The issue on the application ruled on by Justice Hughes in the decision released Oct. 3 deals with whether the jury notice filed by the plaintiffs in this action ought to be struck. Determination of this matter turned on two points:

  • Whether construction of Henni’s release is the principal issue in this litigation and therefore comes under Rule 12-6(2) of the BC Supreme Court Civil Rules, which says a trial must be held without a jury if the case deals with the performance of a specific contract.
     
  • Whether the claim is otherwise not suitable for trial by jury because the issues raised are of an intricate or complex character and require prolonged examination of documents, which cannot be made conveniently with a jury.

The plaintiffs claimed that the construction of the release is “an ancillary and minor matter” that is not the central focus of the trial. The plaintiffs also argued a trial would not require a prolonged examination of documents or raise intricate or complex issues.

However, the defendants argued that the nature of the release, a contract, “is the principal issue in the litigation.” The defendants also claimed that the issues are unsuitable for a jury under Rule 12-6(5)(a) of the civil rules because they are “intricate and complex” and will require a prolonged examination of documents that a jury cannot conveniently do.

In her ruling, Justice Hughes granted the defendants’ application and ordered a judge-alone trial.

“In my view, these issues would benefit from the additional time for reflection and deliberation that trial by judge alone provides,” Justice Hughes wrote. “I find that it would be exceptionally difficult for a judge to be able to adequately instruct a jury with respect to the intricacies of liability in copyright law and the apportionment of damages required under the Act if liability were to be found.”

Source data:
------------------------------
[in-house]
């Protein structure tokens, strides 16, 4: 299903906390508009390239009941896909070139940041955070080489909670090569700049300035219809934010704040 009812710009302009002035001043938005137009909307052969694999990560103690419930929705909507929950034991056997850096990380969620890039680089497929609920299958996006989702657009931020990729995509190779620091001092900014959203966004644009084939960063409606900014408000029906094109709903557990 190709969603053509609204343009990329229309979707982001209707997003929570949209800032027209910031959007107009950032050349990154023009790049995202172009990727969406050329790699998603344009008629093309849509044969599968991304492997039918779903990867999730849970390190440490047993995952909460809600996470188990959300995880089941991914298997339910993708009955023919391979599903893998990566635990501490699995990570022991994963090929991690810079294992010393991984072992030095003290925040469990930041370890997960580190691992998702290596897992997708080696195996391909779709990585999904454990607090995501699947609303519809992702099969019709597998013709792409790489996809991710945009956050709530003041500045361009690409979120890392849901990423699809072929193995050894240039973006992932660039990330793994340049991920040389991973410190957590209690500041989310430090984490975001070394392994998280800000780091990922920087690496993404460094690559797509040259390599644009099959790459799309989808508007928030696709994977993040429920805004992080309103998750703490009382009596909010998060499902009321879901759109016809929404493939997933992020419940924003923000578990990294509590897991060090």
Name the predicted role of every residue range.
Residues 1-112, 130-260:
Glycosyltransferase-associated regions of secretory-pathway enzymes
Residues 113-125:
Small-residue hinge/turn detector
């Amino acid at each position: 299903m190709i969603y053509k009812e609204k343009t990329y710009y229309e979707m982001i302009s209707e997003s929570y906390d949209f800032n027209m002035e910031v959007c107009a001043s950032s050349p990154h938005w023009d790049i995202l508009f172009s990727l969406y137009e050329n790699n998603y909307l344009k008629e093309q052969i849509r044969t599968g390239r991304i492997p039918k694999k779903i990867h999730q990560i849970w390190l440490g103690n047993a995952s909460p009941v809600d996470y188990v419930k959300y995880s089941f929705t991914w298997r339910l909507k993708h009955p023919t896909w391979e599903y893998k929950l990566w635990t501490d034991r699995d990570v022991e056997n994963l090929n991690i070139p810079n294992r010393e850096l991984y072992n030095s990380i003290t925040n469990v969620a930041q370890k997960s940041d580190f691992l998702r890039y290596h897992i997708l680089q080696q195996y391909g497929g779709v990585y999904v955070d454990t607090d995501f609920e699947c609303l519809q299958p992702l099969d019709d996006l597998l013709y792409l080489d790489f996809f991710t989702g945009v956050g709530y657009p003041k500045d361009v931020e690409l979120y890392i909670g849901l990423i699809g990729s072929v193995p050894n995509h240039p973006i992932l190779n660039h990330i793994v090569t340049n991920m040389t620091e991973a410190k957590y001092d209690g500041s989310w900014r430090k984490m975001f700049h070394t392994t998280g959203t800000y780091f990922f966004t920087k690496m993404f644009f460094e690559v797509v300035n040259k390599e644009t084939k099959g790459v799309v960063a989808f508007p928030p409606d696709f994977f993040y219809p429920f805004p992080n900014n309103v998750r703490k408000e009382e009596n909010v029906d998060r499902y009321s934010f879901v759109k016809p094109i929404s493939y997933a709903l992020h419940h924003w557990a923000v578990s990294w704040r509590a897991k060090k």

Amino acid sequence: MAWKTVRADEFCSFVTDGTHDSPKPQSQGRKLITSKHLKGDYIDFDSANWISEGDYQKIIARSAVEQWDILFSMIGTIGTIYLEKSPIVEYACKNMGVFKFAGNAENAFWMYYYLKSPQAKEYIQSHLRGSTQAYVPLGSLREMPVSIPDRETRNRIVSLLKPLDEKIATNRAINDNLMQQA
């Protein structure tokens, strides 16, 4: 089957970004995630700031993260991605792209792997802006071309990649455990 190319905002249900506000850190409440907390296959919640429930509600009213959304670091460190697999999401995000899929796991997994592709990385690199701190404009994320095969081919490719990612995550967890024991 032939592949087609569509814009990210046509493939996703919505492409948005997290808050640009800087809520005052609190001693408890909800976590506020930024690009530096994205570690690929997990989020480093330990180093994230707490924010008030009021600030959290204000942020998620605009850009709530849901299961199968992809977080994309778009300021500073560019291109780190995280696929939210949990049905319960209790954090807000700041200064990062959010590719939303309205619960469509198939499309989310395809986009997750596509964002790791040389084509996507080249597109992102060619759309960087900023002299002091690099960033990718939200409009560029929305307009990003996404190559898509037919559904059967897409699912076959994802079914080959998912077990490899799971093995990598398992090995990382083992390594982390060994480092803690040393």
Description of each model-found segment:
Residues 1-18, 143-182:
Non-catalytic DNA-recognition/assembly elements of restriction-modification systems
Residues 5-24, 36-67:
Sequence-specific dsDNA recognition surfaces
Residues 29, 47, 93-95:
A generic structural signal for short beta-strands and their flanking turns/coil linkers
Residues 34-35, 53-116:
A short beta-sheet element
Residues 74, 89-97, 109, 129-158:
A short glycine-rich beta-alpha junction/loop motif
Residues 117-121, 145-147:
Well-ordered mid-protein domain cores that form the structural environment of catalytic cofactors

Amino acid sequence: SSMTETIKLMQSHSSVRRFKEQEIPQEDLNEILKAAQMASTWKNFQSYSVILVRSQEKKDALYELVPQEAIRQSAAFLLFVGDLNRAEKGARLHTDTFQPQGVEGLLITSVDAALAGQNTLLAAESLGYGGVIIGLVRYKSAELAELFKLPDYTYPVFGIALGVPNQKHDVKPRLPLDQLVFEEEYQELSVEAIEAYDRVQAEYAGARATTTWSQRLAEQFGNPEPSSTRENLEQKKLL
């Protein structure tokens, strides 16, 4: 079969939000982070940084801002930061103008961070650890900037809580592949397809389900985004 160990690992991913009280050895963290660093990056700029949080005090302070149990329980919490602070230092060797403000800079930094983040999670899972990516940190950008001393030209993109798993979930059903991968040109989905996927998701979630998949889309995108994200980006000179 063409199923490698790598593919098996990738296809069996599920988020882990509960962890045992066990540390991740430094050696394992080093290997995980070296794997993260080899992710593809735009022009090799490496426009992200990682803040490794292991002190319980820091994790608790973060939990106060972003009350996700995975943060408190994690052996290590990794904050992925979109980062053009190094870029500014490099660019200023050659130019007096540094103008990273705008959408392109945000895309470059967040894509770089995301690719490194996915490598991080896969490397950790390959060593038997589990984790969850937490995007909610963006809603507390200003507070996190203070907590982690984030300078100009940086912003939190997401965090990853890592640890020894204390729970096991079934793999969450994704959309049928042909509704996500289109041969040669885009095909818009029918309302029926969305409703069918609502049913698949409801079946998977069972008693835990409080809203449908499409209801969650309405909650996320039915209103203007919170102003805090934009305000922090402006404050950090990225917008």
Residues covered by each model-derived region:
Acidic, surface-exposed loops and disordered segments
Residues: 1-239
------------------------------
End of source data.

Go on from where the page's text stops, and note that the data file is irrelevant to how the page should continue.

Justice Hughes noted the complexity of issues at play, in this case, would require a complex jury charge that may be “difficult to formulate into appropriate questions” for the jury. “Difficulty framing questions for a jury is an indicator of sufficient complexity to warrant striking a jury notice.”

She added: “I am also not satisfied that a jury, once instructed, would be able to retain and apply such instructions adequately or have the opportunity, given the constraints inherent in jury deliberations, to give the issues put before them sufficient and reasoned consideration. In the circumstances, I am satisfied that the issues raised in this case are of sufficient complexity that they cannot conveniently be determined by a jury.”

Foster says that a judge can take their time with a decision and review the evidence. In contrast, a jury must decide at the end of the trial, however long it takes, depending on how complicated the evidence is.

A judge-alone trial has a “different timeframe and ability to review all the documents, whereas the jury is making a very much first impression decision,” Foster says.

Evidence in a civil trial can be very document heavy these days, Foster says, given that the Internet has provided the ability to produce potentially thousands of documents – whether it is emails, financial statements, texts or other documents.